Old Dominion University
October 1-4, 1984
One of the best-loved and most widely read American poets, Gwendolyn Brooks has published seventeen books since 1945, when A Street in Bronzeville, a volume of poetry portraying the black urban poor, first appeared. Her second collection, Annie Allen, received the 1950 Pulitzer Prize, the first awarded to a black poet. In the Mecca, a book-length poem about a child's brutal murder set against a city of indifference and misery, was nominated for the 1968 National Book Award. In 1969 Brooks succeeded Carl Sandburg as Poet Laureate of Illinois. Brooks has also written the novel Maud Martha, books for children, and the first volume of her autobiography, Report from Part One. Her work, in the tradition of the common people, has broken vital ground and helped give voice to generations of writers of all colors.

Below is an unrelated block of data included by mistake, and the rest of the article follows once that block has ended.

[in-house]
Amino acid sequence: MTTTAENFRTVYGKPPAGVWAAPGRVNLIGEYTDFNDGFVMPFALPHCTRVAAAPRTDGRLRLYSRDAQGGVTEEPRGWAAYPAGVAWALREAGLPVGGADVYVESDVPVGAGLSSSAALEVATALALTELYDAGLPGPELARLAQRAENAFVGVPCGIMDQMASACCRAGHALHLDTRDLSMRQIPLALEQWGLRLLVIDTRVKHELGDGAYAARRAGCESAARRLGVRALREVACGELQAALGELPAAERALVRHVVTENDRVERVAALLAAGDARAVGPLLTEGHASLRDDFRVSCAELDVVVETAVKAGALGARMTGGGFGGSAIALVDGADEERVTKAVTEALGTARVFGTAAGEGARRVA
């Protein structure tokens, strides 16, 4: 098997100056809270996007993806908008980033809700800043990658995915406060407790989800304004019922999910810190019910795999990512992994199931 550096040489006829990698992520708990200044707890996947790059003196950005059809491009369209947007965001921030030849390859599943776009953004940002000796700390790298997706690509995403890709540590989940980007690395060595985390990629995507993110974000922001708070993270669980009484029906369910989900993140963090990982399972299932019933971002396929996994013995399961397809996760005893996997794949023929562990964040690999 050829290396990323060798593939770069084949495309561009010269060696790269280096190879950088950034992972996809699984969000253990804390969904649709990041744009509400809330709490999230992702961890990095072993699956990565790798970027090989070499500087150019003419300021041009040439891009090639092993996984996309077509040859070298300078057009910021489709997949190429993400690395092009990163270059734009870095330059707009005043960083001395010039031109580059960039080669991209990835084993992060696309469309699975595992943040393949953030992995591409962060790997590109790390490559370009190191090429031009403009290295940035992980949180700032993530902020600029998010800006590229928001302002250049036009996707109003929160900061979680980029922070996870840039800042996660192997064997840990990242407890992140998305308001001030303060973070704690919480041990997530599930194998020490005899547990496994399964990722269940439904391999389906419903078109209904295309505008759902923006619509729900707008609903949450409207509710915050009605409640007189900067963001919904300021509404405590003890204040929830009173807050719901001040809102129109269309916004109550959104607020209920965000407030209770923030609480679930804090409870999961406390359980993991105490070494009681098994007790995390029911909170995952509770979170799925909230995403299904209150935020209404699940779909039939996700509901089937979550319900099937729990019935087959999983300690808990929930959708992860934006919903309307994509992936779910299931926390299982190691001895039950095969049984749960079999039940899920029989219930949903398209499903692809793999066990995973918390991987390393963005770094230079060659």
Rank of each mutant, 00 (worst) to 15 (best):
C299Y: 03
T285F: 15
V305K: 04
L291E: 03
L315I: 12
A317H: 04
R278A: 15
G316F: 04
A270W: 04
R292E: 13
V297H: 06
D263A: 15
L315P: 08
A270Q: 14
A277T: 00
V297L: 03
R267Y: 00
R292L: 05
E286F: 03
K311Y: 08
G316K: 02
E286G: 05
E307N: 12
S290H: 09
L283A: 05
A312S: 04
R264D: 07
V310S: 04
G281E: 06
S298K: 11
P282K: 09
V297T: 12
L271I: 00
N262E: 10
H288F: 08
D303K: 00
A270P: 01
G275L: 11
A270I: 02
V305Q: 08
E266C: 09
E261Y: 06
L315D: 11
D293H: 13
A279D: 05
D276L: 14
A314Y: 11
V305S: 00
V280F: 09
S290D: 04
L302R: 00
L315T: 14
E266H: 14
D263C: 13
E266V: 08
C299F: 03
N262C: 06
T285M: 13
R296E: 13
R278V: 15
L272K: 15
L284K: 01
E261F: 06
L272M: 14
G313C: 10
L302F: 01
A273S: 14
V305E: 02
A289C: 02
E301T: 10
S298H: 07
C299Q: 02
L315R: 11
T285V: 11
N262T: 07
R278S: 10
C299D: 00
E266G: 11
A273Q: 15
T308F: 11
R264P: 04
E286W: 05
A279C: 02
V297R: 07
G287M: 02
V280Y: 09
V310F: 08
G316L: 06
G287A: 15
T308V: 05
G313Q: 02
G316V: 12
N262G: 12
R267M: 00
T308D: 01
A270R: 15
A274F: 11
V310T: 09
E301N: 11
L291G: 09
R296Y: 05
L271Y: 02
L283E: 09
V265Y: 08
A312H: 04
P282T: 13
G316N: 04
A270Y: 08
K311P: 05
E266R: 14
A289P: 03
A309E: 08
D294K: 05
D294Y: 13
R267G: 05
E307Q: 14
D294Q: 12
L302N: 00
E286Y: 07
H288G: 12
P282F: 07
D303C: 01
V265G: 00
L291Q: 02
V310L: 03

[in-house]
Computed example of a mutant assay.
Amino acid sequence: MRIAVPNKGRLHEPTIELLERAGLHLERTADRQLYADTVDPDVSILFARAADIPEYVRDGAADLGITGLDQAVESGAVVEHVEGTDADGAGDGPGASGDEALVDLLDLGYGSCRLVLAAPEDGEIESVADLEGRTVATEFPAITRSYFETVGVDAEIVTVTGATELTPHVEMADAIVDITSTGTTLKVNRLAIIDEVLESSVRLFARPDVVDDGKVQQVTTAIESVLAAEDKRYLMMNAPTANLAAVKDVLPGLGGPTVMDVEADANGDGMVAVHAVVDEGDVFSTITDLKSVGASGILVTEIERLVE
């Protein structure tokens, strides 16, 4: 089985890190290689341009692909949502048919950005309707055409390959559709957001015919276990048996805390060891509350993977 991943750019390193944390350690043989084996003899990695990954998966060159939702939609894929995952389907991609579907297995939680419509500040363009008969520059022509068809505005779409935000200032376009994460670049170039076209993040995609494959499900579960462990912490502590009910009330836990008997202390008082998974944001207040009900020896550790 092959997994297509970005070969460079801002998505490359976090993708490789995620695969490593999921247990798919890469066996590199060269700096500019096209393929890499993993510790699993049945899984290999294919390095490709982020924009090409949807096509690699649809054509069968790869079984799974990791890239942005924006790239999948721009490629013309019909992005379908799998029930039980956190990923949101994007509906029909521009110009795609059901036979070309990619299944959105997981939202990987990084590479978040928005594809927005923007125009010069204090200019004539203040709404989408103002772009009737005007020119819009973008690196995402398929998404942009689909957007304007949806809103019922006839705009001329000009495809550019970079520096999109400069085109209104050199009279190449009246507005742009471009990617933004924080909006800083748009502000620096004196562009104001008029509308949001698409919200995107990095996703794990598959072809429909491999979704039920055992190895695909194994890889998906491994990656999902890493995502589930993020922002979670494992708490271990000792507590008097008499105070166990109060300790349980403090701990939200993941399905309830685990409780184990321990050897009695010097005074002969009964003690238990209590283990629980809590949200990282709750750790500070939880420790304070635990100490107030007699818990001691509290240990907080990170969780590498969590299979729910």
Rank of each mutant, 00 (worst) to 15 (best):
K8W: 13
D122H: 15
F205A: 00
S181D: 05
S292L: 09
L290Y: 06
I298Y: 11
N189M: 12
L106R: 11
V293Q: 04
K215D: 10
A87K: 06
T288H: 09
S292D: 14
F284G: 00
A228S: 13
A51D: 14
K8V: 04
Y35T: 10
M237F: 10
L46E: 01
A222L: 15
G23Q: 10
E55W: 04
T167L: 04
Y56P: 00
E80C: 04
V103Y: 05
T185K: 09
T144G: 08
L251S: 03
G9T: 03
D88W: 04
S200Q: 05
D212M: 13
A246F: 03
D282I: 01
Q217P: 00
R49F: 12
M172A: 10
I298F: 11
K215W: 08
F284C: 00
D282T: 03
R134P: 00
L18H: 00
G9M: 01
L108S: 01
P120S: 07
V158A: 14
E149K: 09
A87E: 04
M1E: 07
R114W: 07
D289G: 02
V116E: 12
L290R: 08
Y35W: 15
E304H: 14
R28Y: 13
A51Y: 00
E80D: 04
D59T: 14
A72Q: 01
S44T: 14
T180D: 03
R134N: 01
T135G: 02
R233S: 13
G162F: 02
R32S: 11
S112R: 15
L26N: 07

On Thursday afternoon she will give an informal talk, "On Poetry: Brooks on Brooks," and answer questions from the audience. Her evening poetry reading will conclude the 1984 literary festival. [extracted from 1984 brochure]